A continual enforcement priority for both the Department of Health and Human Services Office of Inspector General (OIG) and the Department of Justice (DOJ) is False Claims Act (FCA) cases that involve violations of the Anti-Kickback Statute (AKS) where remuneration is given in return for referrals. The AKS prohibits offering, paying, soliciting or receiving anything of value to induce or reward patient referrals or to generate any federal health care program business involving any item or service payable by federal health care programs. Many cases that fall under the AKS are brought to the DOJ by whistleblowers who are oftentimes physicians or others who have seen or been part of unlawful or unethical arrangements. AKS cases occur in all types of health care organizations, from physician practices to hospitals, skilled nursing facilities, emergency transportation companies, durable medical equipment suppliers, and others. But what exactly is the connection between kickbacks and being charged with submitting false claims to federally-financed health care programs?
From Kickbacks to False Claims
The AKS was created to ensure that physicians make treatment decisions based on the medical needs of the patient rather than the physicians’ own financial gain. The law was designed to eliminate the corrupt influence of money on patient care decisions, thus any arrangement that has a purpose to induce or reward referrals violates the AKS. The DOJ and OIG have long held the view that all claims arising from a corrupt arrangement under the AKS are false and fraudulent. The Patient Protection and Affordable Care Act (Affordable Care Act) reinforces this position in stating that a claim that originates from a referral in violation of the AKS constitutes a false claim. In addition to violating the AKS, such fraudulent claims can also be the basis for liability under the FCA. Under the provisions of the Affordable Care Act, the OIG and DOJ have increased their enforcement actions against false claims, employing the FCA in connection with the AKS.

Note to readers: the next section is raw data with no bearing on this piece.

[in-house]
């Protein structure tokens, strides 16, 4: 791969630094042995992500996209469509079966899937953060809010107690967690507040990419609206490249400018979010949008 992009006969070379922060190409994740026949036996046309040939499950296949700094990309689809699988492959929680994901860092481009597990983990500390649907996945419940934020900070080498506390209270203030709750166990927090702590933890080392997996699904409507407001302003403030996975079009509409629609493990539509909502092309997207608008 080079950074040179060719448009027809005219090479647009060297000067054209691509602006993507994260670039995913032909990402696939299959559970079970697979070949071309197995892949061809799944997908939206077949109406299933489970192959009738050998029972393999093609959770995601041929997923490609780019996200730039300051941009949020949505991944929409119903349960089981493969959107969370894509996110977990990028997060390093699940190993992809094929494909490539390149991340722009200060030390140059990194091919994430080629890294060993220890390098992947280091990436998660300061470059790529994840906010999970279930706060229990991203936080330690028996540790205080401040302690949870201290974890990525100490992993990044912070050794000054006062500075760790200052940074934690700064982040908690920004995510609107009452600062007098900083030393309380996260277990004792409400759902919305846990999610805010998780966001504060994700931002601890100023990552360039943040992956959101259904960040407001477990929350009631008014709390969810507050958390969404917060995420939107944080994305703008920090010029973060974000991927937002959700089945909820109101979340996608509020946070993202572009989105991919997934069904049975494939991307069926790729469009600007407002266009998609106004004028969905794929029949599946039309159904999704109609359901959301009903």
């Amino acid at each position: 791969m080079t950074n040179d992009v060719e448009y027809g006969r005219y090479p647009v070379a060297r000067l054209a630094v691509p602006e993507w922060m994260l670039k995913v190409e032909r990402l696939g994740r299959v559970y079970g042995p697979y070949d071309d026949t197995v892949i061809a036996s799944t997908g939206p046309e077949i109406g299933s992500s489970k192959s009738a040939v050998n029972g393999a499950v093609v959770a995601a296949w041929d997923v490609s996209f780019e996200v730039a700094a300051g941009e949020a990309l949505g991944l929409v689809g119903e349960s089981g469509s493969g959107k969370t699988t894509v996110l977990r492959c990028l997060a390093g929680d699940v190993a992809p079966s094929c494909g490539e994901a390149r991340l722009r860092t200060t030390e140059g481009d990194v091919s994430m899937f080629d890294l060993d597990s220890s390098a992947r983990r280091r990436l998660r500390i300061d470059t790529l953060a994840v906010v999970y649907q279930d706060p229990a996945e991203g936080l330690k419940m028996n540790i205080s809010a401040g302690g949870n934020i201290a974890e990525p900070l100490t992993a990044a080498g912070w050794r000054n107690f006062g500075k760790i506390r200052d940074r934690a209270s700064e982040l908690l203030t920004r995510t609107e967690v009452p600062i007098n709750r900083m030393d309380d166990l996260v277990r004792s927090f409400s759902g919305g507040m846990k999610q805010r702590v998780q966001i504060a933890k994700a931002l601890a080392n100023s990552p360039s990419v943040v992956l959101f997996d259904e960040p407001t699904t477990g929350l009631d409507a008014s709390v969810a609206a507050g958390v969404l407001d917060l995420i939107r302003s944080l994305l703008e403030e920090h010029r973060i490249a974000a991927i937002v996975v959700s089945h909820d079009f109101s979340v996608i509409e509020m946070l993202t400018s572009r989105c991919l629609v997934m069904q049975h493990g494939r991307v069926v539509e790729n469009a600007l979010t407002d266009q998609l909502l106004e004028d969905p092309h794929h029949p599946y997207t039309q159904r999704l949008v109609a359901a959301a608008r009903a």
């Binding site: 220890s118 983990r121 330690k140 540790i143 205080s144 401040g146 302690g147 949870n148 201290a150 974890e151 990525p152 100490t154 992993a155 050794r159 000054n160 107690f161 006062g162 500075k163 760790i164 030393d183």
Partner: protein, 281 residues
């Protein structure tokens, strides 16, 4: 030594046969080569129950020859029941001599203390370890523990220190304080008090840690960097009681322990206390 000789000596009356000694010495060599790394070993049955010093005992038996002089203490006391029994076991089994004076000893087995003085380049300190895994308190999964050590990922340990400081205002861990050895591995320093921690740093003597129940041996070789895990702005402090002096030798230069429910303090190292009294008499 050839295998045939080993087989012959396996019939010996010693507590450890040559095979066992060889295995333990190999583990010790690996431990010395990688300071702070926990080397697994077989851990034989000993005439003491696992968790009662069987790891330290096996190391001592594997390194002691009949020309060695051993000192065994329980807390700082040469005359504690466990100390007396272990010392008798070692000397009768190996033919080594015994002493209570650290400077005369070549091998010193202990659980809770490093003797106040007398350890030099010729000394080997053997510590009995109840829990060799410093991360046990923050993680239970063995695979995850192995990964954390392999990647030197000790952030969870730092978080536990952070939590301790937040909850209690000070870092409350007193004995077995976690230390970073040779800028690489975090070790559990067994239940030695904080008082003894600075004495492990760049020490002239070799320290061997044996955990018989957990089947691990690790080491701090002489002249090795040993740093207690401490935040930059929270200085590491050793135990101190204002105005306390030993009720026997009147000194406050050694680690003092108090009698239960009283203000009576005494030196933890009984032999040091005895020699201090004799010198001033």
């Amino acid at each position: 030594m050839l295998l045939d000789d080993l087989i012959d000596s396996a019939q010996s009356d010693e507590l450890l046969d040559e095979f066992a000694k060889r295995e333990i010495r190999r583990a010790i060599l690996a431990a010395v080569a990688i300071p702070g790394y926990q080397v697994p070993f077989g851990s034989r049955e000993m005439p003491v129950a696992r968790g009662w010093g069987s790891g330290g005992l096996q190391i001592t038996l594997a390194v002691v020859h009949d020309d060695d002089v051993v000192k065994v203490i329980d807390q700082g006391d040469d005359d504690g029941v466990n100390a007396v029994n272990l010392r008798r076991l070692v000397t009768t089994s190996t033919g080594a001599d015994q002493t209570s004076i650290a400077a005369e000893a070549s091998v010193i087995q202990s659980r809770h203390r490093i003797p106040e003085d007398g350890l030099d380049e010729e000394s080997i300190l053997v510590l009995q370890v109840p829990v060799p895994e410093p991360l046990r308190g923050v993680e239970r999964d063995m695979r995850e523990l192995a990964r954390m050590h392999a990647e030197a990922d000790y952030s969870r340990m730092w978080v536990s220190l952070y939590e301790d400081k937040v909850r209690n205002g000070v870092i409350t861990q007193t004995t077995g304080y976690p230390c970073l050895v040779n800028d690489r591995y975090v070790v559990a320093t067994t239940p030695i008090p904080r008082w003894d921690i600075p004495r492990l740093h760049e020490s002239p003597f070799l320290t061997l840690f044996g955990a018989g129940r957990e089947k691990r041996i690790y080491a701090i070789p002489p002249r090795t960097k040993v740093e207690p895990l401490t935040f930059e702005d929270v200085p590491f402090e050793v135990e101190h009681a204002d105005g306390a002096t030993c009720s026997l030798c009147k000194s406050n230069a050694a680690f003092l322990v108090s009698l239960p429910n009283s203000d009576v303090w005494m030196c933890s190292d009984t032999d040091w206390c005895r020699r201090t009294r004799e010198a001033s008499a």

Implications for Compliance Officers
What does this mean for Compliance Officers? In order to prevent violations of AKS and FCA, Compliance Officers should increase their efforts to ensure ongoing monitoring and auditing of arrangements with referral sources. Those responsible for monitoring and managing physician arrangements should (a) be aware of existing applicable laws and regulations relating to such arrangements; (b) develop policies and procedures for ensuring compliance with this; (c) ensure that those overseeing development of these type of arrangements are trained on the written guidance; and (d) verify that the written guidance is being properly followed. In order for effective ongoing auditing, Compliance Officers should seek outside oversight of the process to validate that ongoing monitoring is achieving the right objectives.
Although many Compliance Officers may be inclined to defer AKS violations to legal counsel, they should instead turn to outside experts to help them address AKS and false claims internally before seeking advice from legal counsel. Compliance Officers should consider the following when reviewing physician arrangements:
- Ensure there is an “Arrangements Database” that tracks all arrangements and includes the key terms and conditions.
- Examine existing medical needs for arrangements and how such needs were determined.
- Examine the “four corners”, or complete meaning, of the agreement for compliance with both AKS and Stark Laws, especially in the determination of fair market value and the commercial reasonableness of the work to be performed.
- Audit the process and controls to ensure that performance under the contract was evidenced before payments were made.
Based on statements from the OIG and provisions under the Affordable Care Act, physician referrals that are in violation of the AKS can be considered false claims and thus fall under the FCA. Because violations of this nature are connected to both federal laws, the implications of leaving such violations unaddressed or deferring them to outside legal counsel can create problems for Compliance Officers and weaken an organization’s compliance. However, Compliance Officers can take matters into their own hands to prevent violations of AKS and FCA by ensuring ongoing monitoring and auditing of physician arrangements.